Colorado school safety: an examination of web availability of emergency management information
Kaiser, Scott, author
Peek, Lori, advisor
Mahoney, S. Patrick, committee member
Williams, Elizabeth Ann, committee member
The Colorado legislature declared their commitment to school safety in 2009. Yet, in the years since, there has been no systematic analysis of how Colorado’s 179 public school districts communicate disaster management procedures through various mediums. In order to begin to fill this void, this thesis reviews and analyzes online safety information published by Colorado school districts. In total, 175 (98%) of Colorado’s 179 public school districts have active websites. These 175 available sites were thus analyzed to understand (1) how many of Colorado’s public school districts include emergency management information as part of their websites, (2) how does this online emergency management information vary by region, setting, student enrollment, and socio-economic status of the students and school districts, (3) how many of Colorado’s public school districts publish emergency management documents online, (4) how do these documents vary by region, setting, student enrollment, and socio-economic status of the students and school districts, and (5) how do Colorado public school districts frame emergency management information published online. To answer these research questions, this thesis uses qualitative document analyses to systematically assess emergency management information and documents found on school district websites.This study found that 31% (55 of 175) of all districts in the state publish emergency management information on their website. These districts enroll 87% of all students in Colorado and tend to be larger than those that do not publish online emergency management information. Furthermore, the Metro Educational Region, North Central Educational Region, and Pikes Peak Educational Region, which all have total student enrollments of over 100,000, are also the only educational regions where 50% or more of their districts publish emergency information online. School districts that did not publish any online emergency management information on their website constitute around 69% (120 out of 175) of school districts. These school districts encompass only 13% of enrolled students in Colorado. Importantly, this analysis revealed a “rural-urban” divide, with approximately 90% of school districts that do not publish online emergency management information located in more rural areas of Colorado. On the other hand, nearly 60% of schools that publish online emergency management information on their website are located within the most populous settings including the Denver Metro, urban-suburban, and outlying city regions. In addition to the analysis of the online information, 48 emergency management documents from 35 school district websites were collected for further analysis. Over 70% of these documents encompassed an all-hazards approach, but exhibited relatively low rates of actionable advice for students (5%), teachers/staff (42%), and parents (53%). This runs counter to a growing body of literature that suggests that in order to increase public preparedness, stakeholder groups must be advised regarding what they should actually do in the face of an emergency. This thesis concludes with a discussion of the implications of the findings and suggestions for interventions based on best practices from the field of emergency management. Ultimately, this thesis reveals the lack in uniformity in published online emergency management information across region, setting, socio-economic status, and student enrollment and suggests new pathways for increasing the dissemination of knowledge via school websites to communicate emergency management information.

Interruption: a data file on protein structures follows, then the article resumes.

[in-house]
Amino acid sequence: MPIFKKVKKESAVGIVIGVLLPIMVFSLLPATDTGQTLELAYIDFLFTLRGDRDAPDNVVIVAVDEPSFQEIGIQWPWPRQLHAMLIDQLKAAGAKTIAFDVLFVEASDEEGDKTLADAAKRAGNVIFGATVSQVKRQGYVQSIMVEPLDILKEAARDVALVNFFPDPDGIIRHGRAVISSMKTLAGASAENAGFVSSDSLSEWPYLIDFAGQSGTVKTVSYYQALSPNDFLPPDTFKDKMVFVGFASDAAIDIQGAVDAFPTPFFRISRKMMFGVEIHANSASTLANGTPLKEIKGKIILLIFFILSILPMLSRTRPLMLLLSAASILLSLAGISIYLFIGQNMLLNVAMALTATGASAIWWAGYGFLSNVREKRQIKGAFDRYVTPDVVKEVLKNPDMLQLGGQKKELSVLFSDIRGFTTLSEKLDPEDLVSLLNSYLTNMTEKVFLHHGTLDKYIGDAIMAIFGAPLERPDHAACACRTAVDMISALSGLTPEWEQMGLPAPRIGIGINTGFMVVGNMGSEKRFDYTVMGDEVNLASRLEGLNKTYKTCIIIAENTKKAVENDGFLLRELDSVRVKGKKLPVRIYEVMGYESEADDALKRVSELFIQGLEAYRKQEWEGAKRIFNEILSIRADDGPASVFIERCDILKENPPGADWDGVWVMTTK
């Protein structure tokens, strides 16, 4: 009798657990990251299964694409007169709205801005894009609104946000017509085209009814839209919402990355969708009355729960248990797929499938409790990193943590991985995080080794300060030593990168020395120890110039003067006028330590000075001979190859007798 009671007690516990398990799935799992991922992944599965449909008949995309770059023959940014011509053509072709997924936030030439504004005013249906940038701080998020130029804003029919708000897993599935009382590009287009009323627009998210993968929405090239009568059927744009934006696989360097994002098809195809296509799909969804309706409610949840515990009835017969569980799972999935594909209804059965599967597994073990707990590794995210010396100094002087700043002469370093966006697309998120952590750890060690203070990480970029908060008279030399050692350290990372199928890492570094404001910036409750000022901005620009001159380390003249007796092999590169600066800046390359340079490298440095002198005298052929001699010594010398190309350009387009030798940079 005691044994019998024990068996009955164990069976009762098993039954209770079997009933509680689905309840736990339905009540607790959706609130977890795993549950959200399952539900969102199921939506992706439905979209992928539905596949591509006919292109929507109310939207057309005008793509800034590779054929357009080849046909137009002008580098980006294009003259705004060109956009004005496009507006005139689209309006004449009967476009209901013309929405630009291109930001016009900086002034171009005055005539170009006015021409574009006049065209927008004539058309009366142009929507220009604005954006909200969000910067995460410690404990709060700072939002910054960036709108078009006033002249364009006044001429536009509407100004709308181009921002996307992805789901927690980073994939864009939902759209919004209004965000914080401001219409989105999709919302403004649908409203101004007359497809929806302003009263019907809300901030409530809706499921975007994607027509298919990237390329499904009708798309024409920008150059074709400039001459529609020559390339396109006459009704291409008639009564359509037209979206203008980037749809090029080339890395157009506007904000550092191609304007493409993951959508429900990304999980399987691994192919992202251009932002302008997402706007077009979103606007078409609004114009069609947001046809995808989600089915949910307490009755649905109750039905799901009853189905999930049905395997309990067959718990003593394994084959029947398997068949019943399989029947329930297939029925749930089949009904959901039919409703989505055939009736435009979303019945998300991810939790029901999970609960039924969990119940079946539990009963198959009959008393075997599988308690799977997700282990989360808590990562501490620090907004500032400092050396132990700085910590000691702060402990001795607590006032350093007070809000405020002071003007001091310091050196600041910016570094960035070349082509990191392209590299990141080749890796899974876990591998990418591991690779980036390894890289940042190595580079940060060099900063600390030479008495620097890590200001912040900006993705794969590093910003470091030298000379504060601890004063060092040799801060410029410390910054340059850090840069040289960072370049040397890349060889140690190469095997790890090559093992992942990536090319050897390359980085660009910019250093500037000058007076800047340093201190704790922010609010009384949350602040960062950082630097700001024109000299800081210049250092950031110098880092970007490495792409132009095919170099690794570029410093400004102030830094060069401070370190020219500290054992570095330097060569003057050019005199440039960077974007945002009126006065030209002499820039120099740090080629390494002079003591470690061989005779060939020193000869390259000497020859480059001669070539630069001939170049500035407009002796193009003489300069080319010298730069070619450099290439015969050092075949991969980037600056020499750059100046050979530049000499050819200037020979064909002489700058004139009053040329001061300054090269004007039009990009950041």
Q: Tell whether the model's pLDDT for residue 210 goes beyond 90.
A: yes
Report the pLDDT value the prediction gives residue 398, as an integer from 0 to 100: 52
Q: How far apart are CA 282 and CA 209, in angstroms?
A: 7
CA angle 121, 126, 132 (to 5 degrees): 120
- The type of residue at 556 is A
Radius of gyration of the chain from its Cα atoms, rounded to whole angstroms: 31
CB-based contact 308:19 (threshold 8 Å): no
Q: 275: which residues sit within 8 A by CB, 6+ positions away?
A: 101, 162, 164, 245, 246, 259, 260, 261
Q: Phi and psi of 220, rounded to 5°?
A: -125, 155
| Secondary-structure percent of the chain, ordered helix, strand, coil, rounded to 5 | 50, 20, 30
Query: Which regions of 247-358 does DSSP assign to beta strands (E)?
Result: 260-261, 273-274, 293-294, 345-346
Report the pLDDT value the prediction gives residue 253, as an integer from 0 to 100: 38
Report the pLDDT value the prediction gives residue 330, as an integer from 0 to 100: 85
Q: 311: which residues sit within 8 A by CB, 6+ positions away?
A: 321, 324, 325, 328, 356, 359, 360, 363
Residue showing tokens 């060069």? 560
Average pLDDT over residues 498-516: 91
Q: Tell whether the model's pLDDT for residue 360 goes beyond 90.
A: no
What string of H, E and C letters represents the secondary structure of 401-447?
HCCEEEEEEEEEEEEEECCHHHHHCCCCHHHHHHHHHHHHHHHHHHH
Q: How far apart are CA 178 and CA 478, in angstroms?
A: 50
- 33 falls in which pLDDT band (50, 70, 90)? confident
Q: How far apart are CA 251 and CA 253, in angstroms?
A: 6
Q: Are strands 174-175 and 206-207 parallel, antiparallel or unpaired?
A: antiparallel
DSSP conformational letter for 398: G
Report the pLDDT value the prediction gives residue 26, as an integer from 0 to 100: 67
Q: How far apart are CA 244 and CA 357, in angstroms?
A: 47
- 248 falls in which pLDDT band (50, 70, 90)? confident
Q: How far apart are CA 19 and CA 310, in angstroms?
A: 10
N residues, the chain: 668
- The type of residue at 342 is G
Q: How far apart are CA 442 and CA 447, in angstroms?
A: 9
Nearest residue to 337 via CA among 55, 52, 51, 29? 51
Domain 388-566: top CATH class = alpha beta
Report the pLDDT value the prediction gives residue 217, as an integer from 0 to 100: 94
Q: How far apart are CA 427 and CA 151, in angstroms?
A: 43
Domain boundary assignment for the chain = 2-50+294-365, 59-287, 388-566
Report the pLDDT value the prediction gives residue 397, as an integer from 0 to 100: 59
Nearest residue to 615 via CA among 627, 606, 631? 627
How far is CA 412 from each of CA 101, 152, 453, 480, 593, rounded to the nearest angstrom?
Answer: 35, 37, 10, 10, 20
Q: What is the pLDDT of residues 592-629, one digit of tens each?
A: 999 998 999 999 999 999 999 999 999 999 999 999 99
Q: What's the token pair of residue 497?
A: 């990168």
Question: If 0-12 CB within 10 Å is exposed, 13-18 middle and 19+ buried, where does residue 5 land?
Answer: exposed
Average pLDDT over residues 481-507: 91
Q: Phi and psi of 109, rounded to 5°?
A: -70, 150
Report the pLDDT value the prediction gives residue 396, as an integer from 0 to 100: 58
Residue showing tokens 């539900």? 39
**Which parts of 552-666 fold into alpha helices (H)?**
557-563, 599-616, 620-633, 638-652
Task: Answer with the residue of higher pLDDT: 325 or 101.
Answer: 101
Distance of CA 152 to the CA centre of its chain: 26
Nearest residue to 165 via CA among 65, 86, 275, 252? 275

Includes bibliographical references.
Includes bibliographical references.